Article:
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390 Practice Test 1&2

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390 Practice Test 1&2  [#permalink]

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New post 08 Feb 2019, 16:59
Hello everyone,


As the topic header suggests I took the MBA practice test in December with no prior study and scored a 390 Q17 V26. To say I was disheartened is an understatement. I'm 26 years old and I cried like a baby. I read several forums that had super success stories of people taking a diagnostic and scoring in the 300's and then with 2+ months of studying scoring 650+. To say my math skills are terrible are an understatement as well. I grew up in the South Bronx from shelter, to severe bullying, so the little education I was receiving was over shadowed by the crowd of kids gangbanging.

After my first diagnostic I finished the Manhattan Algebra book and I learned alot. I was trying to understand the concepts. Then I cracked open the OG Quantitative book and refreshed some stuff. I did about 78 questions and was feeling good, as the forums broke down the difficulty of said problems to 500-600. So I was confident that I would go from 390 to, I would say the 500's, If not break 600. I took the second practice test after I 1 month of light studying (1-3hrs a day of drilling some easy problems), and I scored the same score of 390 but my Verbal score went down from a Verbal (44th percentile) to a V20 (23rd percentile). And my Quantitative score went from a Q17 (4th percentile) to a Q23 (9th percentile). I felt numb, got up from my seat at the public library and went home.

I believe I just sank into a depressive slump. I feel heavy and so tired. Don't know what to do from here. My IR score also went down from an IR5 (55th percentile) to an IR2 (12th percentile). Granted, I pretty much barely tried on the IR I wanted my Quantitative score to see if I had improved. But to drop 6 points on my Verbal score is also heart breaking. After Quantitative I kind of shut down. I knew I did a terrible job. But if I was to keep my old V26 score and add my new Q23 score. Maybe my new score would be in the very low 400's, so a very slight improvement.

What I'm thinking about doing now, is go through and review every question in the 2 practice tests that I had taken, and attempt to understand each question. To be honest, not truly sure what to do after. I would appreciate some advice.

I have all of the Manhattan Books that cover the basics, as well as the 3 OG books. My target score is 700+. Any and all feedback is welcome.

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New post 08 Feb 2019, 18:03
Hi Mis156.

I realize that it may seem that you didn't make progress with the work that you did. The truth is that by making some basic moves, learning some quant concepts and doing some practice questions, you drove your quant score up 6 points. 6 section points is great progress. By making that much progress a few more times you will get to the 40's in quant.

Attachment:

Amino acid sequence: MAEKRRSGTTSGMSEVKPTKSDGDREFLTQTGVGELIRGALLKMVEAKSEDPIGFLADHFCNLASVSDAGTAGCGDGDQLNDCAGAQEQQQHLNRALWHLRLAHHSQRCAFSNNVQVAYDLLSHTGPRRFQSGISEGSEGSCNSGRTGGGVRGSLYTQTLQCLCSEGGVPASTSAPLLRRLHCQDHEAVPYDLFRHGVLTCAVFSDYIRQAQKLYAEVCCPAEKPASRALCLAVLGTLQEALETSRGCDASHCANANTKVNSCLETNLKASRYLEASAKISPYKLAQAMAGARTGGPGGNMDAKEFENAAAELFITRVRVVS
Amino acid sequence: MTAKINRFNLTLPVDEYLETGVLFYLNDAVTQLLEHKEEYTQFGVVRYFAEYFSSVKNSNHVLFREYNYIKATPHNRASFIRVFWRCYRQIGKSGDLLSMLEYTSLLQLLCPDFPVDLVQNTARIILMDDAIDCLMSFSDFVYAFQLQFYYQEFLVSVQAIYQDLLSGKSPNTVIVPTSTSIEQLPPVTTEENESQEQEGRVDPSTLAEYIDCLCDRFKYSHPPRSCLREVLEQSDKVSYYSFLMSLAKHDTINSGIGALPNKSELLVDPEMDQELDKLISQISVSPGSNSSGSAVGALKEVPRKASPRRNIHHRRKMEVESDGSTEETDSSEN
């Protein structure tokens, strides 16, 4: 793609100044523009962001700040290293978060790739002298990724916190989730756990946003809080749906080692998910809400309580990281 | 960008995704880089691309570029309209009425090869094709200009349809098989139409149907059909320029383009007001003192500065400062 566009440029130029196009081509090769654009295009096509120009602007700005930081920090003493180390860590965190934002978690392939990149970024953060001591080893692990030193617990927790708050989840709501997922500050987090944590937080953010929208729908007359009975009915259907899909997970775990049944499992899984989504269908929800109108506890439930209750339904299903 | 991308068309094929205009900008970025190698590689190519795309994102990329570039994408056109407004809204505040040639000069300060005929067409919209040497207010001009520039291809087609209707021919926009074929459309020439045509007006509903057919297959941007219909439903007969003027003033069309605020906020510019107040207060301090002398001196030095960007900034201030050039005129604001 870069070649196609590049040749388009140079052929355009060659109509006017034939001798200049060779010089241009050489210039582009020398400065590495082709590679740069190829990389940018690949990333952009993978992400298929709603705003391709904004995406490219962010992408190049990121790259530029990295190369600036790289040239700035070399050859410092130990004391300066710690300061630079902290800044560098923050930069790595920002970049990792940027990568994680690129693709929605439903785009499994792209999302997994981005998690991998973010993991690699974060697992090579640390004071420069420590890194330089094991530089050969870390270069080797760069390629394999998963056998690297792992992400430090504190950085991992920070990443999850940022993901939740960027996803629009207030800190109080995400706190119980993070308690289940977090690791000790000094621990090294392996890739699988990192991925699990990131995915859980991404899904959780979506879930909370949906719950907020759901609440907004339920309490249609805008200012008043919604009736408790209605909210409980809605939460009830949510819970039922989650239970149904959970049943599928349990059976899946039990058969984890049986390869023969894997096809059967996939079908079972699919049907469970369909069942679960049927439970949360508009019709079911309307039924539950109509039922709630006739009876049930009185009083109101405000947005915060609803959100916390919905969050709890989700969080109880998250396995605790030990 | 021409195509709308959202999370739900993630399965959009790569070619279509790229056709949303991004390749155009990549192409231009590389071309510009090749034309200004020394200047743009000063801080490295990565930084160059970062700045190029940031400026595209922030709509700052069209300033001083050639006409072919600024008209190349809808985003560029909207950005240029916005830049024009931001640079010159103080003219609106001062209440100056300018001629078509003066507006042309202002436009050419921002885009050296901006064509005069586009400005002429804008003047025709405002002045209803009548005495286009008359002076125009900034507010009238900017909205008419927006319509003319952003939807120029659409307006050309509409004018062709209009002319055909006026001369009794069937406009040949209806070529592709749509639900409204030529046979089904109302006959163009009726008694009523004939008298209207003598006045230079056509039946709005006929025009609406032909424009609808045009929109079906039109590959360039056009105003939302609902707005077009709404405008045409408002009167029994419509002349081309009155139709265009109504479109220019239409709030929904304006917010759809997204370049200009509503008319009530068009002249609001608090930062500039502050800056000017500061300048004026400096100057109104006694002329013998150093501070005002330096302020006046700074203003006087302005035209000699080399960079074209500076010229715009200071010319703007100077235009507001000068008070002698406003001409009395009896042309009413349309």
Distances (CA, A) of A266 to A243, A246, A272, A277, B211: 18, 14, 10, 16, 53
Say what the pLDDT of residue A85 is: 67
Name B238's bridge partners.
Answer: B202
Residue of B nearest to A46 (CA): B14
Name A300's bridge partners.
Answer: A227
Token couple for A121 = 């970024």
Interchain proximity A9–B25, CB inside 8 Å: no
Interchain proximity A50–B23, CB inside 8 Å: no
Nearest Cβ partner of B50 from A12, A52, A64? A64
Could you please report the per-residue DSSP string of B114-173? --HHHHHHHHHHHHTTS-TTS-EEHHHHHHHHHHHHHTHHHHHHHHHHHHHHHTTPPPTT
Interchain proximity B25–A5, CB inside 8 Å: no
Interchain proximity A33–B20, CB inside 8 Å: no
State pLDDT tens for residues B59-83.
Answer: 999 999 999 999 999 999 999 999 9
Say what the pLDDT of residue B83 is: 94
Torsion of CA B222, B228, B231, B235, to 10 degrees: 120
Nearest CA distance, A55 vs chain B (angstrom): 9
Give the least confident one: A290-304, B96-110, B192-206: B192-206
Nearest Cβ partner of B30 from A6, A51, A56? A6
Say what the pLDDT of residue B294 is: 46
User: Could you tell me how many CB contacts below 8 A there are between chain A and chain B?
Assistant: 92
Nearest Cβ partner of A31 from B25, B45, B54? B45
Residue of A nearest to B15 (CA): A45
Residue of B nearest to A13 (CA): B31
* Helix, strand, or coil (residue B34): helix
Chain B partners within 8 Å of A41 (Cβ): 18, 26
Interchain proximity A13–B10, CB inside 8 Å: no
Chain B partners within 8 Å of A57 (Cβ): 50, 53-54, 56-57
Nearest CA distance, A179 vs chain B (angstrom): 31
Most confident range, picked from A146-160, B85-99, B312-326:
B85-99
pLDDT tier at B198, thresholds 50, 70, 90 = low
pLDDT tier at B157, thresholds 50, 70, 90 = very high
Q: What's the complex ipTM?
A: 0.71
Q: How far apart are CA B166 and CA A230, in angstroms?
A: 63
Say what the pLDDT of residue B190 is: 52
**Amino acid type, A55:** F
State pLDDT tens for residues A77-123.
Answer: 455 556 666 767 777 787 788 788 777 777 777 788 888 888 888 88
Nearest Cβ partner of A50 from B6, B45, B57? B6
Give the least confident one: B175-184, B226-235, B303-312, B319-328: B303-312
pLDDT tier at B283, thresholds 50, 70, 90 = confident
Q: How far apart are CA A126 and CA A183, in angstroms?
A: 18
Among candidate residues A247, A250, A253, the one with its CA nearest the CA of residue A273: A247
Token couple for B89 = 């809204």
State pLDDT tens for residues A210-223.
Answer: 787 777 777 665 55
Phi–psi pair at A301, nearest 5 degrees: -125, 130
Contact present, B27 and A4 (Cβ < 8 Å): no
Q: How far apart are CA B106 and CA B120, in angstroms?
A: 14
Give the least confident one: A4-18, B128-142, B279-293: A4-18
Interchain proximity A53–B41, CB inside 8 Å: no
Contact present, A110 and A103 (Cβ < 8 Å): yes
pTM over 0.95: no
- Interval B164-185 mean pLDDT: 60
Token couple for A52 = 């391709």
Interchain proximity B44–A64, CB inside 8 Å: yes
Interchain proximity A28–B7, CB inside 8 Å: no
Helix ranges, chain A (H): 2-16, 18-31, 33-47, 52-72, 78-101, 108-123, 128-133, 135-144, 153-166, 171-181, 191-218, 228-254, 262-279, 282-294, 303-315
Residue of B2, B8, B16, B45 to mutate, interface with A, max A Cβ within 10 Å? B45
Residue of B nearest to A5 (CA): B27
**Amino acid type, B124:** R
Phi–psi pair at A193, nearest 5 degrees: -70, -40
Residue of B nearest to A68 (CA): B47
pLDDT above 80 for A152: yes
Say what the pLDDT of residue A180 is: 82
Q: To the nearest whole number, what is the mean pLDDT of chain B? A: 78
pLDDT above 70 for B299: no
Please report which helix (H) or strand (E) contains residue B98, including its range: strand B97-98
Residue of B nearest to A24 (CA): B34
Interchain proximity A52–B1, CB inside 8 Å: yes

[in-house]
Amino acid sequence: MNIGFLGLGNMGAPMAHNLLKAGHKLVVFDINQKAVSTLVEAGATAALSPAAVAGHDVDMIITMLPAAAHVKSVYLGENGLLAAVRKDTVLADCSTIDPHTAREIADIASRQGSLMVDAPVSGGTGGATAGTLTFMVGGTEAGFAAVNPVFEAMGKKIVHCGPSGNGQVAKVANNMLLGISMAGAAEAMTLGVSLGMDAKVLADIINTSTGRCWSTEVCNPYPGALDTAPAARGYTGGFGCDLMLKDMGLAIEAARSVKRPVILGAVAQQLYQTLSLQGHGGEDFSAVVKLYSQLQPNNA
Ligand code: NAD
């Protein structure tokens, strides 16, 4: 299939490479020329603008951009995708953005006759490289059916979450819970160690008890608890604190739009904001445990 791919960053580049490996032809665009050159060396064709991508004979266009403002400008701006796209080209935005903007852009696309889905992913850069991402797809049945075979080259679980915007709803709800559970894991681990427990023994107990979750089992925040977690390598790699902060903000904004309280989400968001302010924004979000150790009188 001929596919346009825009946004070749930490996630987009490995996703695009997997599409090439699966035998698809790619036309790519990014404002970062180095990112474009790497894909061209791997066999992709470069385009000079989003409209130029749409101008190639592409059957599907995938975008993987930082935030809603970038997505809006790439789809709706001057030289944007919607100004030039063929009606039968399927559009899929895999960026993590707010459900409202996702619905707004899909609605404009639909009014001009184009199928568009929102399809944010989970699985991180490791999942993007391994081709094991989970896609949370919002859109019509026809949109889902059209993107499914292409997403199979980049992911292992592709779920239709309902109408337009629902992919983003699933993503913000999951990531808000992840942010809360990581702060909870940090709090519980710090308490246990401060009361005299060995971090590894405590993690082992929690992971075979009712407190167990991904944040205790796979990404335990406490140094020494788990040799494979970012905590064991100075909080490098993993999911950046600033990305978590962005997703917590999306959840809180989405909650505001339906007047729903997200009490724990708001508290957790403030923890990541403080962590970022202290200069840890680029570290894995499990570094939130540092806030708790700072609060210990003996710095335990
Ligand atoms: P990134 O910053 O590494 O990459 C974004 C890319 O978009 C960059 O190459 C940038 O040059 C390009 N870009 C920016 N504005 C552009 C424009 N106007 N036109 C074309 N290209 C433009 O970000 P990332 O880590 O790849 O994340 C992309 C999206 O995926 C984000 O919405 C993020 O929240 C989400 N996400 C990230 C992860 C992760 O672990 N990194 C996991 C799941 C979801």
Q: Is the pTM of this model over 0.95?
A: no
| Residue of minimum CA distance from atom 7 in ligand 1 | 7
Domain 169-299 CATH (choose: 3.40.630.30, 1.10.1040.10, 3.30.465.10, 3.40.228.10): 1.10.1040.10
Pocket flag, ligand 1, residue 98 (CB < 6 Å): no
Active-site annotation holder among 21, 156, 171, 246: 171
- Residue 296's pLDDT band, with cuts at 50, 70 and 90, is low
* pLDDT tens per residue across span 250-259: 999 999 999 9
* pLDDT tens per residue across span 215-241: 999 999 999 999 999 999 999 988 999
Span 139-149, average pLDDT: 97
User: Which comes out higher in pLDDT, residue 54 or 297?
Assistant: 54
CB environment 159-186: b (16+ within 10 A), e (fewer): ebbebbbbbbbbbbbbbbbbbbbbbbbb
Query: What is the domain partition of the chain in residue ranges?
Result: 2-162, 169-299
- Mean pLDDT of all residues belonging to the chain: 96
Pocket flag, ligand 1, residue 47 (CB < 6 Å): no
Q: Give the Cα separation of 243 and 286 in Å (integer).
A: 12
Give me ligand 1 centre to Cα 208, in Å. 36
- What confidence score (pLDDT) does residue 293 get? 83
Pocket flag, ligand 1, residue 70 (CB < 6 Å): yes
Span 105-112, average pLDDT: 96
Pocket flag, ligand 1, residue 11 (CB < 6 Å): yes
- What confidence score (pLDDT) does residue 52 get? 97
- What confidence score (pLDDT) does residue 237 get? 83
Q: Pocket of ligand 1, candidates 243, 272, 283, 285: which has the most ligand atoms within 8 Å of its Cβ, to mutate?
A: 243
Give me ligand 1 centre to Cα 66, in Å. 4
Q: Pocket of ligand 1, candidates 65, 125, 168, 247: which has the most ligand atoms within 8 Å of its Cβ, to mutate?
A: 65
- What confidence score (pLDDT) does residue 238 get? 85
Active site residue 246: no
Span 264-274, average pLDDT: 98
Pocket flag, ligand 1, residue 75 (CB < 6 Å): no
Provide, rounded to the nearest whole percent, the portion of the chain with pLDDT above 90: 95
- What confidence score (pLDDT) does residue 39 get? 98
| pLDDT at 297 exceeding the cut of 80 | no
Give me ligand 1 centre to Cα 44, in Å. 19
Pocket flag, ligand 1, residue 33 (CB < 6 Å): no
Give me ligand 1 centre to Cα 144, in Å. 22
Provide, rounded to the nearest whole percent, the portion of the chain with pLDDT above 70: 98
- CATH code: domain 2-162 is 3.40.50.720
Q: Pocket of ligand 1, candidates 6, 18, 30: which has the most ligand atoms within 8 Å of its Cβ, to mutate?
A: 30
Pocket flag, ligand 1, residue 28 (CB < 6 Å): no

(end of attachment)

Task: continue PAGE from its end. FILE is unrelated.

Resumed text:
Also, here's the thing, while you have heard stories of people going from the 300's to the 600's in a few months, the truth is that GMAT prep often, or even usually, does not go that way. Rather, hitting a GMAT score goal often takes several months. For instance, a person comes to mind who started at 380 and ended up scoring 750. I think making that progress took her around a year though, and probably her experience is more typical of GMAT prep than those 380 to goal score in two months stories you have heard.

For more on developing the optimal mindset for GMAT success, you could check out this post. Developing the Proper Mindset For GMAT Success

For more on how long to prepare for the GMAT you could check out this post. How Long Should I Study for the GMAT?

Regarding how you have been preparing and how to prepare going forward, in order to hit your score goal, you have to adjust what you are doing to make it more linear and more thorough. In other words, rather than simply review the concepts that you need to know and doing some practice questions, you have to master this test concept by concept and question type by question type.

Ideally, you want to follow a structured study plan that allows you to individually learn each GMAT quant and verbal topic, starting with the foundations before moving to more advanced concepts. By following a structured and methodical approach, you can ensure that you master each topic individually and thoroughly as you progress through GMAT quant and verbal.

For example, say you are learning about Number Properties. First, you should develop as much conceptual knowledge about Number Properties as possible. In other words, your goal will be to completely understand properties of factorials, perfect squares, quadratic patterns, LCM, GCF, units digit patterns, divisibility, and remainders, to name a few concepts. After carefully reviewing the conceptual underpinnings of how to answer Number Properties questions, practice by answering 50 or more questions just from Number Properties. When you do dozens of questions of the same type one after the other, you learn just what it takes to get questions of that type correct consistently. If you aren't getting close to 90 percent of questions of a certain type correct, go back and seek to better understand how that type of question works, and then do more questions of that type until you get to around at least 90 percent accuracy in your training. If you get 100 percent of some sets correct, even better. Number Properties is just one example; follow this process for all quant topics.

When you are working on learning to answer questions of a particular type, start off taking your time, and then seek to speed up as you get more comfortable answering questions of that type. As you do such practice, do a thorough analysis of each question that you don't get right. If you got a remainder question wrong, ask yourself why. Did you make a careless mistake? Did you not properly apply the remainder formula? Was there a concept you did not understand in the question? By carefully analyzing your mistakes, you will be able to efficiently fix your weaknesses and in turn improve your GMAT quant skills.